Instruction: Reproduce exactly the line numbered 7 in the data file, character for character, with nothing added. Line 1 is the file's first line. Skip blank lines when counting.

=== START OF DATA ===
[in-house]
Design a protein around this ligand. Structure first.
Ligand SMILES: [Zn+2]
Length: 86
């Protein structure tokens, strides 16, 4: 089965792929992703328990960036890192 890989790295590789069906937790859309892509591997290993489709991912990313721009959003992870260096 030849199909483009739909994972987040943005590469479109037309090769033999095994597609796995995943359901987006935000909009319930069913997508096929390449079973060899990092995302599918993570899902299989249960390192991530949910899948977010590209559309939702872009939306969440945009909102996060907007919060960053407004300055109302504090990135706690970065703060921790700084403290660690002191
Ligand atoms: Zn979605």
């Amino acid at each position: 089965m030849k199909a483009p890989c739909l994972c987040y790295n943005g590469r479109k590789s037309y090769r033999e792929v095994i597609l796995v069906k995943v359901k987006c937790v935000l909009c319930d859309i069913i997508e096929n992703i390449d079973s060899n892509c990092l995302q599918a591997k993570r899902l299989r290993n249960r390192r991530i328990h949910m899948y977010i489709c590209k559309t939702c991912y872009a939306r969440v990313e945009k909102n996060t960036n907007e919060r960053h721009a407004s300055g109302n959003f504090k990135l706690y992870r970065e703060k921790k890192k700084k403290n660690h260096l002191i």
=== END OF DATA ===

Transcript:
């Amino acid at each position: 089965m030849k199909a483009p890989c739909l994972c987040y790295n943005g590469r479109k590789s037309y090769r033999e792929v095994i597609l796995v069906k995943v359901k987006c937790v935000l909009c319930d859309i069913i997508e096929n992703i390449d079973s060899n892509c990092l995302q599918a591997k993570r899902l299989r290993n249960r390192r991530i328990h949910m899948y977010i489709c590209k559309t939702c991912y872009a939306r969440v990313e945009k909102n996060t960036n907007e919060r960053h721009a407004s300055g109302n959003f504090k990135l706690y992870r970065e703060k921790k890192k700084k403290n660690h260096l002191i």